Monday, August 3, 2009

How Well are Your Kidneys Doing

Today, we begin series on the using the GFR test to measure kidney function.

There are many tests that are used in order to learn how well one's kidneys are functioning. There are blood tests, imaging tests, and all sorts of other procedures. In the end, they all seek to obtain one value, the GFR, or glomerular filtration rate.

The GFR tells us how efficiently kidneys are filtereing waste products from person's blood. One of the most common ways of calculating for the GFR is by taking a patient's creatinine blood sample.

The creatinine result will then be used in order to estimate the GFR using a variety of formulas. One of the most commonly used formulas is the MDRD, which uses a patient's serum creatinine level, age, gender and race to estimate kidney function.

A more traditional approach to measuring GFR is through the collection of urine. Here, a substance is injected into the bloodstream and later measured in a 24-hour urine collection.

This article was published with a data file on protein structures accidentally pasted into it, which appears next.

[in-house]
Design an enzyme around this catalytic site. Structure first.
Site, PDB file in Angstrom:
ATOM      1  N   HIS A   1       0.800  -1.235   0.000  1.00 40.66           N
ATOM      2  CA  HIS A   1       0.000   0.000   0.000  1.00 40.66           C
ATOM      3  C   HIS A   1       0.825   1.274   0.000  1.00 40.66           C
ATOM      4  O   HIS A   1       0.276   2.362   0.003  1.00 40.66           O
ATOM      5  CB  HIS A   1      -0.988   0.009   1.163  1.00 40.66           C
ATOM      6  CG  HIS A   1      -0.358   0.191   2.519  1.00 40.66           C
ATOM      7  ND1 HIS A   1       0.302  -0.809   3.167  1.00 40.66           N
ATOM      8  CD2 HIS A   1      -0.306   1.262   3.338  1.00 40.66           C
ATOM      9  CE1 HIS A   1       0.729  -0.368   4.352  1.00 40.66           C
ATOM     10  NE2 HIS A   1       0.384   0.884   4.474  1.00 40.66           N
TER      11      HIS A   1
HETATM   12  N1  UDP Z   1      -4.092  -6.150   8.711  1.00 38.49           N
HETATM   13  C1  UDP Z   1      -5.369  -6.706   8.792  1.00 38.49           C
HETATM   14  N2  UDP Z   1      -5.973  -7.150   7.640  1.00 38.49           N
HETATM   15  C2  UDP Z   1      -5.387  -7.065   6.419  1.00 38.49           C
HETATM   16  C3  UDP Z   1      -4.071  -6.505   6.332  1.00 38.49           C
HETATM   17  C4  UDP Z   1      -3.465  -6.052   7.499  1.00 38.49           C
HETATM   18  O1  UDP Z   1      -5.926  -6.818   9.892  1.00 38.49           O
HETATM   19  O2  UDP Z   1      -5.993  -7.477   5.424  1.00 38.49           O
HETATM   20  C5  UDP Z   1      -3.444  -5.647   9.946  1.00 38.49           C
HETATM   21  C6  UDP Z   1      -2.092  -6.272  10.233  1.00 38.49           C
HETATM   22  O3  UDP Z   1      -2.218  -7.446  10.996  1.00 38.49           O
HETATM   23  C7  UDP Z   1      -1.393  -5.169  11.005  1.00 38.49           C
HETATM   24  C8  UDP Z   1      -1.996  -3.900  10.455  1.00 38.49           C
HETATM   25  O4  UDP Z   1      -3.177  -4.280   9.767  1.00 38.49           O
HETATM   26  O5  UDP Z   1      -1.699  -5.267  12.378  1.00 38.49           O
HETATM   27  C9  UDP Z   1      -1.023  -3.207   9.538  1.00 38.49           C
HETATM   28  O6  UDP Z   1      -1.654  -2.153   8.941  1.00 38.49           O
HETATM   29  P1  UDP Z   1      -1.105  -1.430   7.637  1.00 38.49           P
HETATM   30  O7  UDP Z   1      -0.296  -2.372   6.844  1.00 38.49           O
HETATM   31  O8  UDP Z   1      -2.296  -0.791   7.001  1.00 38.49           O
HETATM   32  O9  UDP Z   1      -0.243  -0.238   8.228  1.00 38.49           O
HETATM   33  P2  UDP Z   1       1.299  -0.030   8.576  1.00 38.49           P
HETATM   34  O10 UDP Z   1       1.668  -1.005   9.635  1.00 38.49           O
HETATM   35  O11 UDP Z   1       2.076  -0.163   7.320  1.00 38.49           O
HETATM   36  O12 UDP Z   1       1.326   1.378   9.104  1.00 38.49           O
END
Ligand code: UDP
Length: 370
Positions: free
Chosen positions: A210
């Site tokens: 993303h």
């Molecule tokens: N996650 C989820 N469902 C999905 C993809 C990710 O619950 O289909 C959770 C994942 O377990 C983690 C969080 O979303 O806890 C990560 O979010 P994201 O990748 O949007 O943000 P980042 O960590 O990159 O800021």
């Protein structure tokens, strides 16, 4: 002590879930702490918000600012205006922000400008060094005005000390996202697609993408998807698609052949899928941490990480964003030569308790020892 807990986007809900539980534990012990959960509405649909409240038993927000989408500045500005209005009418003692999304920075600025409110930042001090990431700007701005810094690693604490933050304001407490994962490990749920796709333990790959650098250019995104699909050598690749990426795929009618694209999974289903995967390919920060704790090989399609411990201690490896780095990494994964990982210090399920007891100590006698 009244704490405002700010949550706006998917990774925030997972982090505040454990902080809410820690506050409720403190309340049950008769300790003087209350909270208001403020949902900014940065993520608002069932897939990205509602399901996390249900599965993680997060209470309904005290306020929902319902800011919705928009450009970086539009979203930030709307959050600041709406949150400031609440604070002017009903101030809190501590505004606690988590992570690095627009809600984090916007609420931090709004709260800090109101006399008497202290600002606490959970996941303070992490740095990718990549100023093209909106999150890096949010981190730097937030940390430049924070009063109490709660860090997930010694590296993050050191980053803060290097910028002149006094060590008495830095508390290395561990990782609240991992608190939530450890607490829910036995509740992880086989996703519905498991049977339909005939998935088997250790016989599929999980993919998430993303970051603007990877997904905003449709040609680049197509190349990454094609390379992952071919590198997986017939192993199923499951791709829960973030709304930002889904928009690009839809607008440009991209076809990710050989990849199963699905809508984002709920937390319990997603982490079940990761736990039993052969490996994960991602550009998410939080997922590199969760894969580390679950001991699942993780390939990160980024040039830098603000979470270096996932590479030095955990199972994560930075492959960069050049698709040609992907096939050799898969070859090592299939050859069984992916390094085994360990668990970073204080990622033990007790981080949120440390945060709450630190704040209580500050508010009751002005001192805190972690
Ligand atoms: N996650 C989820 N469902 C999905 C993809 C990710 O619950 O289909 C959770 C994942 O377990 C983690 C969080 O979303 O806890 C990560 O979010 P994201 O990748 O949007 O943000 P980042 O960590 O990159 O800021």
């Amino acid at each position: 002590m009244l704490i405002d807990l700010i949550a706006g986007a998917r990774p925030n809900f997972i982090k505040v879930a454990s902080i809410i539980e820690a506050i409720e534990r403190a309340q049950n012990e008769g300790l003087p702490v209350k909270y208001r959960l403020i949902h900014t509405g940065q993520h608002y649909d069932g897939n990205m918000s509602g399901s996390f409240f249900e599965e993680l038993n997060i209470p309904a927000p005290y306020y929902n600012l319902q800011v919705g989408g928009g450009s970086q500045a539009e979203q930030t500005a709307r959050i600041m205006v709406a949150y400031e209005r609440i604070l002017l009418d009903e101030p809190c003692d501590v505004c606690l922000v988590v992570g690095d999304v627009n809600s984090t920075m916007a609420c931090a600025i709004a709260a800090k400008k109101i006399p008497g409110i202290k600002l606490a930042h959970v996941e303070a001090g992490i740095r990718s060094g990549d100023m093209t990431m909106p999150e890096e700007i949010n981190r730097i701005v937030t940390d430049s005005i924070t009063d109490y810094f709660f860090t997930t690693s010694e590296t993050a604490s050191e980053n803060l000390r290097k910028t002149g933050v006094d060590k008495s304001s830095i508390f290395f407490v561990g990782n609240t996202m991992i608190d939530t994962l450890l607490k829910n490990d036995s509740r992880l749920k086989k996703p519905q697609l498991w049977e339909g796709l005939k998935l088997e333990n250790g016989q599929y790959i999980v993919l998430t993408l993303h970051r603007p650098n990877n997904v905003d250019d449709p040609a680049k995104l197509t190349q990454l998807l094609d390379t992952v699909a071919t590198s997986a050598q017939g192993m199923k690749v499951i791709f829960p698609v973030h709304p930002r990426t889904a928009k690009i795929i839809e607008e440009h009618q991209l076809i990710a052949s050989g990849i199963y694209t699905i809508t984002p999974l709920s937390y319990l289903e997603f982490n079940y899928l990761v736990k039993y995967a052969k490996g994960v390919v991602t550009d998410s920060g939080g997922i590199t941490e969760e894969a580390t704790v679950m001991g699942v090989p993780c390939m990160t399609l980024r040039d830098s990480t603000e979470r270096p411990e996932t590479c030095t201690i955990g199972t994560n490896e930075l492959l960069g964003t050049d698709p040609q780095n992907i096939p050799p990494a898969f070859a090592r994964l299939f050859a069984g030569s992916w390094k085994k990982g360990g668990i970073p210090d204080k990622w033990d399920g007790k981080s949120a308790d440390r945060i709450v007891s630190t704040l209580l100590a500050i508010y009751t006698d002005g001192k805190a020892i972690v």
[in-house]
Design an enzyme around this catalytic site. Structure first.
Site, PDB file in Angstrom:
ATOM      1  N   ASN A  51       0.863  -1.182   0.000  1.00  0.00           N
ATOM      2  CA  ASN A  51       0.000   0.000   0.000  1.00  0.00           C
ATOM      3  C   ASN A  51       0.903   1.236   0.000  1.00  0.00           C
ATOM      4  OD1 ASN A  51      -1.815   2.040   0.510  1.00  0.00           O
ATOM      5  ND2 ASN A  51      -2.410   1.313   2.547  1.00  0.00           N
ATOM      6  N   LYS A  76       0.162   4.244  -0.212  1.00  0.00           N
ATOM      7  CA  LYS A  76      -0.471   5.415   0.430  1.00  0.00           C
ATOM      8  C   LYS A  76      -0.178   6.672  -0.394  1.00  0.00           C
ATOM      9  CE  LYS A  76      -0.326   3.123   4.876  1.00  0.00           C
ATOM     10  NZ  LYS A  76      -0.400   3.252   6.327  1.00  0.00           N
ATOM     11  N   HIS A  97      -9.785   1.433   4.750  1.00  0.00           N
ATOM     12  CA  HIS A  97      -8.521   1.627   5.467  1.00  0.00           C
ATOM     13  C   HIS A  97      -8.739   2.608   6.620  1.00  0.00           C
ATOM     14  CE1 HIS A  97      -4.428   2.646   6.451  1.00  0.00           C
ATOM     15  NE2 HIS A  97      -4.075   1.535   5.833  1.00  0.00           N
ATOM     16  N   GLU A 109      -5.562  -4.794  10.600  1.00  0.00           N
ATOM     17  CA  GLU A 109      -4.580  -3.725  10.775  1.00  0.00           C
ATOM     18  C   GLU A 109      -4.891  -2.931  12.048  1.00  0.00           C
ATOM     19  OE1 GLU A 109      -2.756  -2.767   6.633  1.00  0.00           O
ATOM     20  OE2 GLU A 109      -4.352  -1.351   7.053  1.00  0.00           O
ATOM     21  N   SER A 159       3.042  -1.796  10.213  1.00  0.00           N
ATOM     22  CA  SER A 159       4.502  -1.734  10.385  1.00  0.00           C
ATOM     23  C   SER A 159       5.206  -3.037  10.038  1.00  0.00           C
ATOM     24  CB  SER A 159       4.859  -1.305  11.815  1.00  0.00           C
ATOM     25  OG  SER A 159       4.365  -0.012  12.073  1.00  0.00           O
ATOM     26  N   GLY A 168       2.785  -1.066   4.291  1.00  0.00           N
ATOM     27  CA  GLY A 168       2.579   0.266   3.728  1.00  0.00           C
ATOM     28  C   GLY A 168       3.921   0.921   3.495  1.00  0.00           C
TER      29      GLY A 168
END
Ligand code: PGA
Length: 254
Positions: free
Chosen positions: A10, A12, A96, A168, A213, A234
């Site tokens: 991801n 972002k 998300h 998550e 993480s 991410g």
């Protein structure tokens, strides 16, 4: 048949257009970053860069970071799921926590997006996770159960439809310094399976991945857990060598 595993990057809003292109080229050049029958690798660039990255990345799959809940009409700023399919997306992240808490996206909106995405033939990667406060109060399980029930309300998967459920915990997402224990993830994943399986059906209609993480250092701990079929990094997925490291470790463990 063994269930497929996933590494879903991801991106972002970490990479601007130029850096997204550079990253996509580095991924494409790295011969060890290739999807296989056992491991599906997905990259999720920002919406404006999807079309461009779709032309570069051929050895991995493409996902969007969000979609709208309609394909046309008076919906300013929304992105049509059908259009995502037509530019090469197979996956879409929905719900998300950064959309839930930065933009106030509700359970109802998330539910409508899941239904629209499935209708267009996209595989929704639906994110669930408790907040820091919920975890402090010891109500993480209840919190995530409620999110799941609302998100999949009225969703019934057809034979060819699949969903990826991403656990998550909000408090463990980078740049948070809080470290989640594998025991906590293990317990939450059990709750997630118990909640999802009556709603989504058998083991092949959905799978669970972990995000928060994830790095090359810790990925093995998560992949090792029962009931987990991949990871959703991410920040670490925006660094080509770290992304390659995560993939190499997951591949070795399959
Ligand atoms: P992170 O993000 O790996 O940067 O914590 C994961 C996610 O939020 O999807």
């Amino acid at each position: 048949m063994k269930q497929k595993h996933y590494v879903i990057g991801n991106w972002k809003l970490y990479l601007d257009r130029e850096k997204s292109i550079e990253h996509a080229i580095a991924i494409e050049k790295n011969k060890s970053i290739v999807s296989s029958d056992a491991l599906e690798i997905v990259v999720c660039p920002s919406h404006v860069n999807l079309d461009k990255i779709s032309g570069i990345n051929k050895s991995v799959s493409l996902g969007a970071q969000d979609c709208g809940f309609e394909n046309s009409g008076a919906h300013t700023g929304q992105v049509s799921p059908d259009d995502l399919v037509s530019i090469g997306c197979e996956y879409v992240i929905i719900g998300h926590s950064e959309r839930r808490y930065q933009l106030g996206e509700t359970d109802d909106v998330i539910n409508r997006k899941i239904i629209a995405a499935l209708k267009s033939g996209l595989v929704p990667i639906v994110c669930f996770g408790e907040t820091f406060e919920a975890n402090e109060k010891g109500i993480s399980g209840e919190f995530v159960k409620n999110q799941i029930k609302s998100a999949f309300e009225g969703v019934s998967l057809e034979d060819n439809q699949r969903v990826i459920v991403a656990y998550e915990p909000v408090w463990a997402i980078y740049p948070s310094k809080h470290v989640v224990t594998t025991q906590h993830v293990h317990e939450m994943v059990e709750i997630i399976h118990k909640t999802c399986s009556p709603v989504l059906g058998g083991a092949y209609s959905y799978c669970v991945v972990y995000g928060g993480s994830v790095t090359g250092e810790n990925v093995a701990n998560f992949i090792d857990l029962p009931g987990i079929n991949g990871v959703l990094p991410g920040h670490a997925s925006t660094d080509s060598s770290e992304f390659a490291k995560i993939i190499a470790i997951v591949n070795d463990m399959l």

A third measure is the nuclear GFR measurement. In this process, an isotope is injected into the bloodstream and scanned by a nuclear imaging machine. You just lie on the machine, similar to when you do a CT scan, and wait for about three to five minutes. The machine is able to track how well your blood is being filtered by your kidney through the isotope. And a day later you have your GFR measurement.

The table below gives us the an idea of how well your kidneys are doing:

The real danger level is at a GFR of 15 and below, which basically means that your kidneys aren't going to be able to sustain life, unless you get a form of renal replacement therapy, either a transplant or dialysis.

The other thing to note is that levels below 90 is a sign that something is happening within your kidneys. This allows you to make lifestyle changes in order to prevent any further possible deterioration in the kidney's function.

To proceed to part 2 of the series, click here.

Related Posts :

No comments:

Post a Comment